More than 50 flat tires was one result, indicating this early race in the season for cyclists really is a test of man and machine, according to James Weeks, the organizing official for the women's bicycle race.
The event started here a year ago, with some of the course in Maury County.
Another repeat performance may prove to be more financially worthwhile for the local economy. Marshall Bassett of Nashville is the race director.
With close to 200 racers -- half of them traveling some distance to the race -- "You can figure 100 hotel rooms in Lewisburg could be rented," Bassett said.
Lodging for cyclists was a factor last weekend.
"This year we didn't really anticipate much Mule Day crossover," Bassett said of the annual event in Columbia where thousands gathered for the event scheduled for the first Saturday in April each year.
"With Mule Day," Bassett continued, "we've realized that maybe we'd have it a week earlier or a week later.
"We had to divert some folks" from towns with heavily booked motels, he said. "We had to send them to Franklin or Spring Hill and I think the Spring Hill hotels had little availability."
Meanwhile, Bassett is considering expansion of the race based here in Berlin to include a race around the Lewisburg public square.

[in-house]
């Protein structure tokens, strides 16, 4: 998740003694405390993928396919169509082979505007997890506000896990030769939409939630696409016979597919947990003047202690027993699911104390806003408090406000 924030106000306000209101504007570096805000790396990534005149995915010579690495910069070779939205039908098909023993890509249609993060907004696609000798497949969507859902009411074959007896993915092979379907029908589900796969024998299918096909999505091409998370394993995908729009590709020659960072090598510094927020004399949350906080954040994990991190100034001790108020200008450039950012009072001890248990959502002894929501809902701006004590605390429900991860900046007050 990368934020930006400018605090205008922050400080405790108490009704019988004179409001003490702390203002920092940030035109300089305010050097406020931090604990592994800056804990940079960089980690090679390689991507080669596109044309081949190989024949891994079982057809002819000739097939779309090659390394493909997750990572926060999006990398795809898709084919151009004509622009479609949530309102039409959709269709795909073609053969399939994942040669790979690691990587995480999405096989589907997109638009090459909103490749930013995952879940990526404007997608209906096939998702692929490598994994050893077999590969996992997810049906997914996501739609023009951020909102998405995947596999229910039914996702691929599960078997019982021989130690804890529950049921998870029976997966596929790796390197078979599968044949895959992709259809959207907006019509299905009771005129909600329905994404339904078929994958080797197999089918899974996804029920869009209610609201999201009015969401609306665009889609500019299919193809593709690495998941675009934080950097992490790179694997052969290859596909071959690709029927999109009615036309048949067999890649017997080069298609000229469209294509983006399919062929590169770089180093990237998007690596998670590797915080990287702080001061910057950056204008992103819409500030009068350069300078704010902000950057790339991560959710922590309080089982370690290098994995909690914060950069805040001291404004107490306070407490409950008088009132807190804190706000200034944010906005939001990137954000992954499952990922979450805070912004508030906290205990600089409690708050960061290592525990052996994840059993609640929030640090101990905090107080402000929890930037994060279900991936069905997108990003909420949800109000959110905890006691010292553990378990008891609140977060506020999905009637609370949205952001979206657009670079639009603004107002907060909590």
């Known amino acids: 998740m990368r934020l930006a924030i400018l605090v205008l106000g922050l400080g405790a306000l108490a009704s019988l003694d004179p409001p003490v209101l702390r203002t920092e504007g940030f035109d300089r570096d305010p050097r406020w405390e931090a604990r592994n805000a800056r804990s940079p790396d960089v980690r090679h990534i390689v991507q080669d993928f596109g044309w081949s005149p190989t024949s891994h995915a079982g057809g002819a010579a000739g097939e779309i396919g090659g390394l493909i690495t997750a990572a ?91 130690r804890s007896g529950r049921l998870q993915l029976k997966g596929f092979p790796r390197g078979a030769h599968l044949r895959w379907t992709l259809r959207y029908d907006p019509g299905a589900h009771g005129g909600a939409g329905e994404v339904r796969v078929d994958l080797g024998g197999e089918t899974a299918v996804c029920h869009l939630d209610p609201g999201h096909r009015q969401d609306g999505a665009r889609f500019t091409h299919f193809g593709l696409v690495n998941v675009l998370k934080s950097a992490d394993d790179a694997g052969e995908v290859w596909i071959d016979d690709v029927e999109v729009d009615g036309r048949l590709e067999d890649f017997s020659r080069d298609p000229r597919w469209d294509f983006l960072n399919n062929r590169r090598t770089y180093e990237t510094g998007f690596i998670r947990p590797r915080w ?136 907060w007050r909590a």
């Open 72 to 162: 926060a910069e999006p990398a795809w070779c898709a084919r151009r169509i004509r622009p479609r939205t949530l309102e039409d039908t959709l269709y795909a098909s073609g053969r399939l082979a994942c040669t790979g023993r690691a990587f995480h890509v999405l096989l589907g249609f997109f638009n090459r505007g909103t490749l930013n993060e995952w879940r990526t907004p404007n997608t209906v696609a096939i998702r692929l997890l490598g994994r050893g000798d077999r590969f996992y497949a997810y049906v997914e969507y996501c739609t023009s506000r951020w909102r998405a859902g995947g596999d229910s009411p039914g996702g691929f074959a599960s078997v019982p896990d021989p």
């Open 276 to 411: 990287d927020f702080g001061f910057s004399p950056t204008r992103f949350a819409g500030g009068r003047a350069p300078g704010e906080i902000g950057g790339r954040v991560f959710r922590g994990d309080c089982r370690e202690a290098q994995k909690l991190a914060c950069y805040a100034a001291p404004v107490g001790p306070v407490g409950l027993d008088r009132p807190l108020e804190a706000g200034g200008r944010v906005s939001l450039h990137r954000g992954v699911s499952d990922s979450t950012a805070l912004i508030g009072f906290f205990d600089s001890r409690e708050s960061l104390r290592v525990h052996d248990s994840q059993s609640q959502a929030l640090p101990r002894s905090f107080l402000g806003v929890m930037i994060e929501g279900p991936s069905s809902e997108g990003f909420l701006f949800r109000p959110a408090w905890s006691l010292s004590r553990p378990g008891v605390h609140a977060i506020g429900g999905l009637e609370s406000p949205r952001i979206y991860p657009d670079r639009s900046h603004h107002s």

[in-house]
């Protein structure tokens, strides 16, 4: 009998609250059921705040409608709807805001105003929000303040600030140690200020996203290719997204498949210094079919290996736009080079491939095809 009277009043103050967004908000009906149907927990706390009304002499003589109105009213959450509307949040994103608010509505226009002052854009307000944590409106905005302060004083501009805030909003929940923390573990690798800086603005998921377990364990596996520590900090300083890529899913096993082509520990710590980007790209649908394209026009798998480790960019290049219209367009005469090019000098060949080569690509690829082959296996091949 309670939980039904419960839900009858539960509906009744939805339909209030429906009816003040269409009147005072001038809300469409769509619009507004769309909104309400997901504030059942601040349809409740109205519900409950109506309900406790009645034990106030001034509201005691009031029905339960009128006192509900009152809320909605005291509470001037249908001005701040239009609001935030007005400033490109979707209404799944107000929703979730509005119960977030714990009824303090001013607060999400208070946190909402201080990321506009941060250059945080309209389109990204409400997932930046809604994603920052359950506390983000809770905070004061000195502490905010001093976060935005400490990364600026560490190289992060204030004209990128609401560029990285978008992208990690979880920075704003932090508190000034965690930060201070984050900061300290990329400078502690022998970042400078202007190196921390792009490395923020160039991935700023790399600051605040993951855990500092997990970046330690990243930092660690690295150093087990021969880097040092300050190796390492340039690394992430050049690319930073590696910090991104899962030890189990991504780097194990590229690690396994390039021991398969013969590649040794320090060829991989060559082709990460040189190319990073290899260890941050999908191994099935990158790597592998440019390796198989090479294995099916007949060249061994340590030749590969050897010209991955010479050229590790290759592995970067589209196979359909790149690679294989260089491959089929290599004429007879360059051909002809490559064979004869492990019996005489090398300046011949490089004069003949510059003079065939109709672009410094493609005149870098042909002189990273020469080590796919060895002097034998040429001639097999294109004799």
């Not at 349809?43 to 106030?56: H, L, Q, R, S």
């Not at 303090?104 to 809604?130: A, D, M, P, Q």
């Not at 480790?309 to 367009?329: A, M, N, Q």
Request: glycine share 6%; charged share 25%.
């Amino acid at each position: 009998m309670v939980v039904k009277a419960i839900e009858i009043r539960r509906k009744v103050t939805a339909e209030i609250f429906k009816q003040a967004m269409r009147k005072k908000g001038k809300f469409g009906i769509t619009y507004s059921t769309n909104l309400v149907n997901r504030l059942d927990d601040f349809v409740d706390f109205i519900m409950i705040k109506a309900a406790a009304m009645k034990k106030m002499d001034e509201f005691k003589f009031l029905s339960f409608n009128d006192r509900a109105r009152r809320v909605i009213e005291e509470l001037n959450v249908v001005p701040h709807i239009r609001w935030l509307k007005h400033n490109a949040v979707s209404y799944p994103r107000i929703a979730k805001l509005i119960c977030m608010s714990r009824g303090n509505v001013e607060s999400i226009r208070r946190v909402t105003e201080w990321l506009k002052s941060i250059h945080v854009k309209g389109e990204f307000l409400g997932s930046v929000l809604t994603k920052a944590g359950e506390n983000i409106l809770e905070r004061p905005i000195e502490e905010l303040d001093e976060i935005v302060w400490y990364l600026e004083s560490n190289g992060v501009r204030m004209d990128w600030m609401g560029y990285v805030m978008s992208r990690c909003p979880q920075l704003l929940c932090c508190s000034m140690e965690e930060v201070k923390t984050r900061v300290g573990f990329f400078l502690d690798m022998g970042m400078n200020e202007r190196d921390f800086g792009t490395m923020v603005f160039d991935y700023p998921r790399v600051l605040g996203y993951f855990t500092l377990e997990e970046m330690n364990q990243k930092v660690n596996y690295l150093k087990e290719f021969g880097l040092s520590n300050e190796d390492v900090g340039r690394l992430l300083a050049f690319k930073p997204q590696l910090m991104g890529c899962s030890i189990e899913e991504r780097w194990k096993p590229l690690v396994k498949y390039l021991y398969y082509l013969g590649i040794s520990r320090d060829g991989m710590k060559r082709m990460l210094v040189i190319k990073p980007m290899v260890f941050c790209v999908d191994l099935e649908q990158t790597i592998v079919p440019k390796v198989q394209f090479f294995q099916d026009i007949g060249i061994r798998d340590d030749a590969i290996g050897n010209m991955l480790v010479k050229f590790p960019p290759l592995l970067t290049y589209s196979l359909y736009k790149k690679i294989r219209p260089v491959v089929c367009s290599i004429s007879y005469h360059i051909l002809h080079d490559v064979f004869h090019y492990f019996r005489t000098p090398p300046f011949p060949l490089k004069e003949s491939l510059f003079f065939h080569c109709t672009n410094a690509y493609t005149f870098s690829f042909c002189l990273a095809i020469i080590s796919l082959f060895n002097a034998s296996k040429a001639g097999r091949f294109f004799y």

"Obviously, we need to talk with the mayor, the councilmen and the police chief to determine whether they can shut the city square down for four hours," he said. "That's the first step. We haven't even explored that far yet, so that's an option for next year.
Bassett expressed some interest in visiting Lewisburg during one or two festivals to become aware of what issues might be faced by a bicycle race.
"After we go through ... this race, we could sit down with the Lewisburg Downtown Association to see if it's something they want to pursue it," he said.
"There are different possibilities."
Bicycle race officials don't see the first Saturday in April as the only time for their event.
"We tried to schedule around spring break in this area which is why we scheduled it on the second of April," Bassett said.
Jeff Roche, of the Belmont/Hillsboro area in Nashville, is the chief judge of the race.
"I can visually capture ... when they're across the road," Roche said of his digital video camera and his responsibility for certain results.
"If you look at the finish line as a plane, it's when the first wheel crosses," Roche said. "That's the winner."
Roche noted that most of the bicyclists have professional careers in another field.
"It's the competitive spirit of people, beyond the exercise," he said on why bicyclists would torture their bodies so much. "They like the challenge. It's like golf or other sports that take a lot of money. Traditionally more white collar people have disposable income."